What is conspicuously absent from discussions on hate crimes and fear-mongering is the plight of Hindus in regions like Kashmir Valley, Pakistan, Afghanistan, and Bangladesh. The ethnic cleansing, abduction, forcible conversion, and discrimination against Hindus and other minorities in these areas go unnoticed, overshadowed by cherry-picked datasets that perpetuate a false narrative of minority victimisation in India.
India stands as a beacon of religious harmony, boasting peaceful coexistence among all sects of Islam—an achievement unmatched by any of the 56 Muslim-majority nations. Yet, it is India that finds itself unjustly labelled as Islamophobic, often by countries like Pakistan, notorious for sponsoring terrorism and propagating Hinduphobia.
Let us not forget the reality of India’s history: a nation that has never embarked on invasions or promoted violent jihad or genocide. Rather, it has been a victim of colonial exploitation and intolerance. To criticise India for defending its borders and national security from global terrorism is the height of hypocrisy.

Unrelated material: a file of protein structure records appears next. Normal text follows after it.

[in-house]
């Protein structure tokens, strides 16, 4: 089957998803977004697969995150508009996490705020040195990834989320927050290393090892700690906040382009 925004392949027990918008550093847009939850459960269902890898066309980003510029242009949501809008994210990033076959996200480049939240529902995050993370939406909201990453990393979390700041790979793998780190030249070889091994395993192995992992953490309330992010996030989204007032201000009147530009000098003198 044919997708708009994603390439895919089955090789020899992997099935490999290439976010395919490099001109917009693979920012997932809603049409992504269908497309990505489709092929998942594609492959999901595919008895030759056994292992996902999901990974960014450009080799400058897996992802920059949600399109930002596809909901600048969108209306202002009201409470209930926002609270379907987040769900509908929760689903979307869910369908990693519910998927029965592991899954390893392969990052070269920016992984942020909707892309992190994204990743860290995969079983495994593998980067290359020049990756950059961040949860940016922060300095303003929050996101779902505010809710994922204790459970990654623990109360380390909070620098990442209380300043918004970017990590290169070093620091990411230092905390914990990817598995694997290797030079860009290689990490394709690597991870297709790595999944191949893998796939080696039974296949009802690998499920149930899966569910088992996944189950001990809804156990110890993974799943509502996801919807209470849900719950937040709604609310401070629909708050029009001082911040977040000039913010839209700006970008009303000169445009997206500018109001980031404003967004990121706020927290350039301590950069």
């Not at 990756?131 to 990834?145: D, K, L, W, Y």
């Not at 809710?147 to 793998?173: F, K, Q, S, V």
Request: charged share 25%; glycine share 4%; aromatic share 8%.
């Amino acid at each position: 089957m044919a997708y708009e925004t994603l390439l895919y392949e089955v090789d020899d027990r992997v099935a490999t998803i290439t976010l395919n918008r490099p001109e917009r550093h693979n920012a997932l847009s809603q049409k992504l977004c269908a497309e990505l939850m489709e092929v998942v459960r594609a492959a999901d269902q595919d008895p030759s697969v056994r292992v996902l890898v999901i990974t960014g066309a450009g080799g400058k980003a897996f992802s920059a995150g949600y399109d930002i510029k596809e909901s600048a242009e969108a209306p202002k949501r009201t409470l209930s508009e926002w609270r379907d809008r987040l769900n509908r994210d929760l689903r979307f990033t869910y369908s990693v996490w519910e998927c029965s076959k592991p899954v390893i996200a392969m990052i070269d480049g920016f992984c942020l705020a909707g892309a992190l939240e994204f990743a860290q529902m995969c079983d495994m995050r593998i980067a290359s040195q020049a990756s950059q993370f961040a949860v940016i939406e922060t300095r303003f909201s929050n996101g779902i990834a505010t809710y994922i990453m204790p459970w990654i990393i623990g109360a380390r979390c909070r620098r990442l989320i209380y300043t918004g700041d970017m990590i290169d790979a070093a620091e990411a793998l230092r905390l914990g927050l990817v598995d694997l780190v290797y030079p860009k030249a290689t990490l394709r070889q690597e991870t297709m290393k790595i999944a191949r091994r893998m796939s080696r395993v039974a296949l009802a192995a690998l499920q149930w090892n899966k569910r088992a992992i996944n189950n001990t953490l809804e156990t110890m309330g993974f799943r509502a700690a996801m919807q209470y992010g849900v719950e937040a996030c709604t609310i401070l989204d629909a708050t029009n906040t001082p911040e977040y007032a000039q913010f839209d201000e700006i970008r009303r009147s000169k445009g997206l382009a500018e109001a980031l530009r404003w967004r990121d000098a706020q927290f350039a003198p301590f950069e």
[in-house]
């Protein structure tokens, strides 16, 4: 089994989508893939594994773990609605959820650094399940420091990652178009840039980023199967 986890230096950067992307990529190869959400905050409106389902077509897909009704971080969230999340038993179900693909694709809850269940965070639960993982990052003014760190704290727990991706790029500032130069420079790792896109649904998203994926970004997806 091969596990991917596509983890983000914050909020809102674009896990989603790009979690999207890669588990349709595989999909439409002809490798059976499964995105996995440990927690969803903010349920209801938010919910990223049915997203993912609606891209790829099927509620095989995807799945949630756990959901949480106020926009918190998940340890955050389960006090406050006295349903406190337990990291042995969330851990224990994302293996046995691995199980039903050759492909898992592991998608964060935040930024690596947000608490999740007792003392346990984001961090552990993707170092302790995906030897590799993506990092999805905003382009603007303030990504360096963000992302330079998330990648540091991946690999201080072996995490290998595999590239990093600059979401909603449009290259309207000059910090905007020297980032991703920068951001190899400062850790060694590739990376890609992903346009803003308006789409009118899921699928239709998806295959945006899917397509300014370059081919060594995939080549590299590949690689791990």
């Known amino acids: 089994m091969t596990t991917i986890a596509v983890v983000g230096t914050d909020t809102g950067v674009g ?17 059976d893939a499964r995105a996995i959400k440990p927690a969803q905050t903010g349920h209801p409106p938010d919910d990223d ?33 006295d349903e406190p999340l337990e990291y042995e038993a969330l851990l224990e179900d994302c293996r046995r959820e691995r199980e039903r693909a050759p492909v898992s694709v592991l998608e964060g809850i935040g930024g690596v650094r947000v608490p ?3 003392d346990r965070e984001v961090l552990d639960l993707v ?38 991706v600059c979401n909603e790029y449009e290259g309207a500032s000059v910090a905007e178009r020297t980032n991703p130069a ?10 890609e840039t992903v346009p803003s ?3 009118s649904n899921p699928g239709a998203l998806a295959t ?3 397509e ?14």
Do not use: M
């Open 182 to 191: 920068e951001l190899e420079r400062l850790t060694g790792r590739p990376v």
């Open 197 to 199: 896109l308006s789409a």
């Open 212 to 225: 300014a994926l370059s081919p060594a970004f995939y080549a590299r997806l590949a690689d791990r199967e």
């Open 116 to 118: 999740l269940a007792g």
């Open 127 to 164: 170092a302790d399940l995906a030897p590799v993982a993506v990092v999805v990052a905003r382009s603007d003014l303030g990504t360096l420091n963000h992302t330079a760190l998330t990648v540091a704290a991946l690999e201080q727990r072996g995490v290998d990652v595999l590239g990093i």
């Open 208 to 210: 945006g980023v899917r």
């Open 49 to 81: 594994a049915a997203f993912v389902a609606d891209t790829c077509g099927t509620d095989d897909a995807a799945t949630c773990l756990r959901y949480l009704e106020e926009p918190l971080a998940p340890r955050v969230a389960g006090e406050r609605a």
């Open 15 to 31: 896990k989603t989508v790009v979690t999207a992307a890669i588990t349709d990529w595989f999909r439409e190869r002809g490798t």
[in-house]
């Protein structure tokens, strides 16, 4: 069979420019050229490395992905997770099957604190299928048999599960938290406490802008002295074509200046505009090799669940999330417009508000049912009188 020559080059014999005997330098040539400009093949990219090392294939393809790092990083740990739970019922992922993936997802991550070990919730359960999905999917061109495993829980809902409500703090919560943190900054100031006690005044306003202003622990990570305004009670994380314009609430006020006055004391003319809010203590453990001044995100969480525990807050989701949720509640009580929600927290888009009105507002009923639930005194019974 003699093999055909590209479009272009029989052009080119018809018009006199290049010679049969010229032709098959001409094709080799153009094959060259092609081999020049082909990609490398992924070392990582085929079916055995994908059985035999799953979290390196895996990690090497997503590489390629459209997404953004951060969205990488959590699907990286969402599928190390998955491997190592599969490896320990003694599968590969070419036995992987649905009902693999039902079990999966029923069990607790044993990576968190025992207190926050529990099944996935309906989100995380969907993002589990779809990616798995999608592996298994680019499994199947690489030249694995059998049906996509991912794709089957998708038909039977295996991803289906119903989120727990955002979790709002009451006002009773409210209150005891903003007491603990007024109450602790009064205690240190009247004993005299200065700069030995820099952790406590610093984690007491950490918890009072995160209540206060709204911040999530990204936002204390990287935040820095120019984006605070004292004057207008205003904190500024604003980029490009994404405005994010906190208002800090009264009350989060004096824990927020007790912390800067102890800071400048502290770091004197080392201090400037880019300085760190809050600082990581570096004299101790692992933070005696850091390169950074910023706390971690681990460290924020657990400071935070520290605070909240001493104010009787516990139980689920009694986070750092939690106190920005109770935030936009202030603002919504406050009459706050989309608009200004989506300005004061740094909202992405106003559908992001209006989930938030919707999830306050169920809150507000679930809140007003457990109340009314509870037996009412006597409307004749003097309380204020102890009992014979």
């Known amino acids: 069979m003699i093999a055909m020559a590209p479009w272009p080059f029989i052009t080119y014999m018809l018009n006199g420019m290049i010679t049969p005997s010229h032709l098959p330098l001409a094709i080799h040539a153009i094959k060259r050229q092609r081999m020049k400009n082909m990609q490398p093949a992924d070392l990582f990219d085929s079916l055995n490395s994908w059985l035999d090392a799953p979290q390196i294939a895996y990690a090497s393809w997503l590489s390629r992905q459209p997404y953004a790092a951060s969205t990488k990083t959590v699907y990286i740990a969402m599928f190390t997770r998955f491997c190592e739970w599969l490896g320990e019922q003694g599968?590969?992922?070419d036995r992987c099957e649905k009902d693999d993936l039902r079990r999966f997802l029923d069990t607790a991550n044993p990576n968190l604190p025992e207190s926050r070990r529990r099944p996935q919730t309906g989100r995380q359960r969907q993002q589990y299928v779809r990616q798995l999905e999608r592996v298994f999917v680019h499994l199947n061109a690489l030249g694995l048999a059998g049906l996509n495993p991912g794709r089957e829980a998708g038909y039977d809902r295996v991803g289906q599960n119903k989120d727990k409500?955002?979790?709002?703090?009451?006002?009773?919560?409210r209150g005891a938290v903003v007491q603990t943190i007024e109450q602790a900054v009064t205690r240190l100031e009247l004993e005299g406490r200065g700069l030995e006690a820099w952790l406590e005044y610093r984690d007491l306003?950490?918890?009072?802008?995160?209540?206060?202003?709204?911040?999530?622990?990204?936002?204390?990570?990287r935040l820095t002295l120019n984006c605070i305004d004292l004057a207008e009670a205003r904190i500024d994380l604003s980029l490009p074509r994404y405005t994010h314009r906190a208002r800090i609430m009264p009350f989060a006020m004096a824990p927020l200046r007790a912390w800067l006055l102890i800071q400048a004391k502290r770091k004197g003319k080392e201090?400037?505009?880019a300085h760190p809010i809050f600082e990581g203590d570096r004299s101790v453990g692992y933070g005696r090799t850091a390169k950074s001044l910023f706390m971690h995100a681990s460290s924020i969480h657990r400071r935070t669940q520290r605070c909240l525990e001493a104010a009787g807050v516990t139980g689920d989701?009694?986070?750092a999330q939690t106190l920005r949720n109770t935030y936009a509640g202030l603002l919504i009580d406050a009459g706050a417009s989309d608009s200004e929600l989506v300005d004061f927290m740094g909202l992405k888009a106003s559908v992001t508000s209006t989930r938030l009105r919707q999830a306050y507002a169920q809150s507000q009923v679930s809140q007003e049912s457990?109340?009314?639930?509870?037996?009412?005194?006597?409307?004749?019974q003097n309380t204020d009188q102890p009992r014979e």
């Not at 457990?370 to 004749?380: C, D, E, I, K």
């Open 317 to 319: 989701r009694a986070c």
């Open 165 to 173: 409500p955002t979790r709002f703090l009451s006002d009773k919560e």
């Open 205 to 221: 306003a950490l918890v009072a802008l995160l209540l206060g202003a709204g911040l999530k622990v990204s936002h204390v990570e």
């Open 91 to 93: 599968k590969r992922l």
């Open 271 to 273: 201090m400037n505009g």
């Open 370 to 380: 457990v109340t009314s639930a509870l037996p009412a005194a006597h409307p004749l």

India’s commitment to secularism is evident in its government institutions, where there is no discrimination in employment based on religion. The armed forces serve as a shining example of secularism, with members from diverse religious backgrounds. India has seen Muslim presidents, Sikh presidents, and prime ministers, without any Hindu-centric government initiatives.
So, I ask the United Nations: what about Hinduphobia? In the quest for justice and equality, let us not succumb to the trap of selective outrage. It is time to acknowledge and address the underlying Hinduphobia that permeates international discourse and ensure that all voices, including those of Hindu minorities, are heard and respected.
The author is a practising advocate. She writes articles on women’s rights, politics and law. Views expressed in the above piece are personal and solely that of the author. They do not necessarily reflect News18’s views.